Archive for January 24th, 2014

Cheaters, Part II

Today Lisa Falkenberg takes a look at cheating within the GOP on those fake signatures. The Party that always makes a big deal about ballot integrity and security is eerily silent on what just happened in their front yard. Come on! Say something! Where is the outrage! Here is the Falkenberg column:

George Risner, a longtime Pasadena justice of the peace, says he got his 250 signatures to run for office the old-fashioned way. He solicited a civic club, took a clip board to a Houston public school polling place in November, went door to door with neighborhood ladies in Pleasantville.

It never occurred to him, he says, that he could just pay somebody else to do it.

“In 28 years – I know at least 100 judges real well, both Republican and Democrat – I’ve never known any judge paying an outside person to get their signatures,” the Democrat Precinct 2 Place 2 justice of the peace told me Thursday. “Most of them told me they didn’t even know you could do that. You’re talking about money, which most of us don’t have. And, it’s kind of a way to meet and greet your voters, who will vote for you later on.”

Apparently, his Republican challenger didn’t see it that way. Leonila Olivares Salazar turned to someone else to get her signatures. And it seems they didn’t want the job, either.

Risner says Salazar’s petitions were full of falsified signatures, a claim he says he verified himself by knocking on doors to question Republican voters whose names were used.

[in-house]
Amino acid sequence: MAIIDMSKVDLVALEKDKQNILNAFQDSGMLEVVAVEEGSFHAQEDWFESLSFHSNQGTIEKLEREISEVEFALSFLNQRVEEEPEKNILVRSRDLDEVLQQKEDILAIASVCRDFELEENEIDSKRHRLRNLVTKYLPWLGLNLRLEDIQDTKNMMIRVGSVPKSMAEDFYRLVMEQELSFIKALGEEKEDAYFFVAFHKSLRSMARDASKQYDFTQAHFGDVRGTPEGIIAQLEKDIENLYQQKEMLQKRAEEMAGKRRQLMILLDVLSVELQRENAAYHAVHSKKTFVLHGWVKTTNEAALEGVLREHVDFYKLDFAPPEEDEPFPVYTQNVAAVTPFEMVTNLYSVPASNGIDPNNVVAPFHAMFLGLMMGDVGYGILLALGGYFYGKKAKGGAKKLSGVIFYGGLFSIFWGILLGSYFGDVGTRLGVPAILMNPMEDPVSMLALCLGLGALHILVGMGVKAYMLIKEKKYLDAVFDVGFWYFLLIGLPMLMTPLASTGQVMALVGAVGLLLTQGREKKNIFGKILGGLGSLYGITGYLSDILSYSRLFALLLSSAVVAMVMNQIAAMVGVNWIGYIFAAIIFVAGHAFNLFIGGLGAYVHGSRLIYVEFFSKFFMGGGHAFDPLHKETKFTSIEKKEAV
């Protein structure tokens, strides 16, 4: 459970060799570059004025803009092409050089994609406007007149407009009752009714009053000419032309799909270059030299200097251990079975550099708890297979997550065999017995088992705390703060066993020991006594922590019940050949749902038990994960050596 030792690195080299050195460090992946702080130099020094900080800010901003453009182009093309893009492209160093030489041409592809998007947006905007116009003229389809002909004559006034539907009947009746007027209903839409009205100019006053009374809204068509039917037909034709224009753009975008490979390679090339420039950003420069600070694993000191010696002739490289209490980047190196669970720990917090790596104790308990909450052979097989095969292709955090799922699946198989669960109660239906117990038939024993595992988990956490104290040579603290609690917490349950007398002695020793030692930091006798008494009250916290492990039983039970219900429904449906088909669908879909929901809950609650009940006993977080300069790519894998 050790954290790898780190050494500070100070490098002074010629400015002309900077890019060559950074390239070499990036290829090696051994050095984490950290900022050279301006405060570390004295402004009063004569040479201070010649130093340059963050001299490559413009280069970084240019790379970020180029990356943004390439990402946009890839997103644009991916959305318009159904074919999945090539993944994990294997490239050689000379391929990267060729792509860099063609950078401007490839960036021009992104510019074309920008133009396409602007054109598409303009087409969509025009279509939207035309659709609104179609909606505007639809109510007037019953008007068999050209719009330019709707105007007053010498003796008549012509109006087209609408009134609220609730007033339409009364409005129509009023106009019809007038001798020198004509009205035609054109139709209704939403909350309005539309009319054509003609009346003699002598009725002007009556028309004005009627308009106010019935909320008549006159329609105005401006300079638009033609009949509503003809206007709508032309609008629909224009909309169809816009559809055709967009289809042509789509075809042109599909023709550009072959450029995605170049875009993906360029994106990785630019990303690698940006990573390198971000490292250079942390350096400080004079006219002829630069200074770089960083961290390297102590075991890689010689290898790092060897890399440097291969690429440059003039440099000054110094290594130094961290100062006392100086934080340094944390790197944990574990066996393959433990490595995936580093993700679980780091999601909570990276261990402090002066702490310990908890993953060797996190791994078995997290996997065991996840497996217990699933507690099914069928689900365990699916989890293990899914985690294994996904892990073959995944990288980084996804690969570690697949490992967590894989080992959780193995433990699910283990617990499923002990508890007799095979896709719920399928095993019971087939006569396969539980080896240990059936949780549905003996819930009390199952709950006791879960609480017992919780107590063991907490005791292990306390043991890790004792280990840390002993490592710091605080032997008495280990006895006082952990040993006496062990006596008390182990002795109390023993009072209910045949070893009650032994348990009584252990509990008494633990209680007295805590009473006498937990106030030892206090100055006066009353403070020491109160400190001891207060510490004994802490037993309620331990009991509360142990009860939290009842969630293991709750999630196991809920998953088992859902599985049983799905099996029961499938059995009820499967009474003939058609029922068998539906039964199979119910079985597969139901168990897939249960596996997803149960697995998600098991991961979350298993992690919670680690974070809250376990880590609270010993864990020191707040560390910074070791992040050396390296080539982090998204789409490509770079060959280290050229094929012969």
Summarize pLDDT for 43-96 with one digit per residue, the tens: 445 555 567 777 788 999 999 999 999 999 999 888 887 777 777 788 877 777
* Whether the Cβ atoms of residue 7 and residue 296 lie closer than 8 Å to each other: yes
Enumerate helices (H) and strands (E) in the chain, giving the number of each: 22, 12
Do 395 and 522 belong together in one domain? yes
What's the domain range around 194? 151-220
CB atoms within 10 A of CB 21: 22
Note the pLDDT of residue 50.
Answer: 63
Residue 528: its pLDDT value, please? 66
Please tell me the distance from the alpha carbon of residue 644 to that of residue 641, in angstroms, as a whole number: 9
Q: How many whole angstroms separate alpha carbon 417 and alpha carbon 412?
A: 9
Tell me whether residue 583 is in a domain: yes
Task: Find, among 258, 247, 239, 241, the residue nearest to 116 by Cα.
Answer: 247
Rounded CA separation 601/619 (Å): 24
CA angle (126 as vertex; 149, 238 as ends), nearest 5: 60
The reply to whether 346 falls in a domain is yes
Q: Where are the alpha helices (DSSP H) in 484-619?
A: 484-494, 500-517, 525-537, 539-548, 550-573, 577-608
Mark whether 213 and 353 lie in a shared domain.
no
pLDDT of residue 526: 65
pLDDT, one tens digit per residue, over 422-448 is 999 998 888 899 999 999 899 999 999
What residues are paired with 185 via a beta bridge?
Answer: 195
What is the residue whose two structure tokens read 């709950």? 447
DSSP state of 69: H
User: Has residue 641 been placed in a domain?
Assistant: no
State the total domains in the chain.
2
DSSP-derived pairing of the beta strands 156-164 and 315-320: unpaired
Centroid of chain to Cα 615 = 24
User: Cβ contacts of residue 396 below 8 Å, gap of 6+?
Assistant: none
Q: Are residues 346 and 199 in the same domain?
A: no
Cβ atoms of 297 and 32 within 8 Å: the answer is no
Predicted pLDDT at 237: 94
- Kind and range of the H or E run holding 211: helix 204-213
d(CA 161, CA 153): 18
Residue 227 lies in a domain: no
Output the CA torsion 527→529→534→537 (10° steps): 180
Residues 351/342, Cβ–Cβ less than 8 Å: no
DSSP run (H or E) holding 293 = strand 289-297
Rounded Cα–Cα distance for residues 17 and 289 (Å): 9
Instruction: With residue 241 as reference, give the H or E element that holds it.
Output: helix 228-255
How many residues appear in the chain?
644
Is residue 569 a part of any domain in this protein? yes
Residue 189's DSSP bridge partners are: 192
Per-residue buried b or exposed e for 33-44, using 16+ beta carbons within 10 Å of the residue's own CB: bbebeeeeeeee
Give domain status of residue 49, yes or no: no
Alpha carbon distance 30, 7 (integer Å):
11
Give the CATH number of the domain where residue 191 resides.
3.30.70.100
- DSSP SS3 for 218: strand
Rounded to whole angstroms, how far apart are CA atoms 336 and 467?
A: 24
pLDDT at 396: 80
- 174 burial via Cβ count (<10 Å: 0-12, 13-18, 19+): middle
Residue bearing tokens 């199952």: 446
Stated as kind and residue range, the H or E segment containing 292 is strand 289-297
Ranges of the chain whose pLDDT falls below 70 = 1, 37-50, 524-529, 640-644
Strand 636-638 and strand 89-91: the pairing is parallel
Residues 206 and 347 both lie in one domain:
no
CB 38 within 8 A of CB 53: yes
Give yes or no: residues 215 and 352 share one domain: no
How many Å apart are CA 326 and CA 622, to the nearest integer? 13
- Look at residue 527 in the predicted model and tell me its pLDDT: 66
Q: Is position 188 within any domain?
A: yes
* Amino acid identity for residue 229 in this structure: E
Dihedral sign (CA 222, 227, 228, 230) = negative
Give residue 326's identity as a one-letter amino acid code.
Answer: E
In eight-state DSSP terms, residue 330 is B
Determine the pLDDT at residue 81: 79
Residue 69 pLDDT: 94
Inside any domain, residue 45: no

This week, Risner sued the Harris County Republican Party, arguing that it violated election law by allowing Salazar on the ballot even though party officials had been notified of the alleged forgeries.

Question of integrity

Party Chairman Jared Woodfill told reporters after a Thursday court hearing that he got word of irregularities too late. Meanwhile, questions are swirling about whether any other judicial races will be affected.

Party chairmen say most of their judicial candidates get signatures themselves, or at signing parties sponsored by the party, but they’re aware that some turn to outside individuals for help.

Terry O’Rourke, special counsel to the Harris County attorney, has said his office is working with the District Attorney’s Office to review all judicial races, both Republican and Democrat.

“We regard it as extraordinarily serious. This appears to be forgeries and a fraud on the election,” O’Rourke said this week, referring to the Pasadena race. “This goes to the heart of the integrity of the judicial system of the state of Texas.”

Buck Wood, a veteran Austin election lawyer who is representing Risner, says the Legislature began requiring judicial candidates in the largest counties to get signatures as a way to cut down on candidates whose qualifications amounted to little more than, say, a common, voter-friendly name. He says many judges despise the tedious process, though, and it’s become more common for candidates to hire somebody else to do it.

“It’s getting to be more prevalent and that’s leading to these kinds of situations,” Wood told me. “First of all, they get people who maybe don’t even know it’s against the law and they go and do this crazy stuff. Or maybe they know it’s against the law but they don’t care.”